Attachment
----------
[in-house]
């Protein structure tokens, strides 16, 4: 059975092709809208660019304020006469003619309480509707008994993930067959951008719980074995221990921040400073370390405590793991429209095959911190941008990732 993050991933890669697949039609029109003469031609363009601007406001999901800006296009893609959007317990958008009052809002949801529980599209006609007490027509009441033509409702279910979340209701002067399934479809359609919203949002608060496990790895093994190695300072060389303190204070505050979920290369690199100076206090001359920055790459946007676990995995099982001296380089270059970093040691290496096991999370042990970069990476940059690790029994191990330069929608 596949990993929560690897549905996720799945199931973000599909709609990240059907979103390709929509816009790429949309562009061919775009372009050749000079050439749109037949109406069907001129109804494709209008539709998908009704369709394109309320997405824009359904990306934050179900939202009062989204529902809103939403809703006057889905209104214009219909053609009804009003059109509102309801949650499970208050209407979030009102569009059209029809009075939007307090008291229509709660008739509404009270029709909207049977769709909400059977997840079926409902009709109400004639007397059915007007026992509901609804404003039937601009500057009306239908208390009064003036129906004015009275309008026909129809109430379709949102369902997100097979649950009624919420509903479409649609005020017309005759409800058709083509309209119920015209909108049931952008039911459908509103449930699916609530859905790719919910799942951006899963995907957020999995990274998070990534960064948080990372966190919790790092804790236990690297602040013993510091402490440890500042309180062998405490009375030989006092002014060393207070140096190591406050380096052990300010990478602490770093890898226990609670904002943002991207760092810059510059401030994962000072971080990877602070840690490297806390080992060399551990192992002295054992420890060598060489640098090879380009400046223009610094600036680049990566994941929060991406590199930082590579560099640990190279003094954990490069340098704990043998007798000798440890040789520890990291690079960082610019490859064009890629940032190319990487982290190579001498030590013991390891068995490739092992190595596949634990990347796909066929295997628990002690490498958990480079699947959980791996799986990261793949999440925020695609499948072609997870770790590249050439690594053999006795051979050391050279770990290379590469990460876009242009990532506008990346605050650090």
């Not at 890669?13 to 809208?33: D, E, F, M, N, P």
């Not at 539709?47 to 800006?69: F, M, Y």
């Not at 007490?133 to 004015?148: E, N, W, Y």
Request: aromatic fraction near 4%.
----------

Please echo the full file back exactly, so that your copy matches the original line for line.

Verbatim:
[in-house]
């Protein structure tokens, strides 16, 4: 059975092709809208660019304020006469003619309480509707008994993930067959951008719980074995221990921040400073370390405590793991429209095959911190941008990732 993050991933890669697949039609029109003469031609363009601007406001999901800006296009893609959007317990958008009052809002949801529980599209006609007490027509009441033509409702279910979340209701002067399934479809359609919203949002608060496990790895093994190695300072060389303190204070505050979920290369690199100076206090001359920055790459946007676990995995099982001296380089270059970093040691290496096991999370042990970069990476940059690790029994191990330069929608 596949990993929560690897549905996720799945199931973000599909709609990240059907979103390709929509816009790429949309562009061919775009372009050749000079050439749109037949109406069907001129109804494709209008539709998908009704369709394109309320997405824009359904990306934050179900939202009062989204529902809103939403809703006057889905209104214009219909053609009804009003059109509102309801949650499970208050209407979030009102569009059209029809009075939007307090008291229509709660008739509404009270029709909207049977769709909400059977997840079926409902009709109400004639007397059915007007026992509901609804404003039937601009500057009306239908208390009064003036129906004015009275309008026909129809109430379709949102369902997100097979649950009624919420509903479409649609005020017309005759409800058709083509309209119920015209909108049931952008039911459908509103449930699916609530859905790719919910799942951006899963995907957020999995990274998070990534960064948080990372966190919790790092804790236990690297602040013993510091402490440890500042309180062998405490009375030989006092002014060393207070140096190591406050380096052990300010990478602490770093890898226990609670904002943002991207760092810059510059401030994962000072971080990877602070840690490297806390080992060399551990192992002295054992420890060598060489640098090879380009400046223009610094600036680049990566994941929060991406590199930082590579560099640990190279003094954990490069340098704990043998007798000798440890040789520890990291690079960082610019490859064009890629940032190319990487982290190579001498030590013991390891068995490739092992190595596949634990990347796909066929295997628990002690490498958990480079699947959980791996799986990261793949999440925020695609499948072609997870770790590249050439690594053999006795051979050391050279770990290379590469990460876009242009990532506008990346605050650090």
């Not at 890669?13 to 809208?33: D, E, F, M, N, P």
């Not at 539709?47 to 800006?69: F, M, Y």
């Not at 007490?133 to 004015?148: E, N, W, Y």
Request: aromatic fraction near 4%.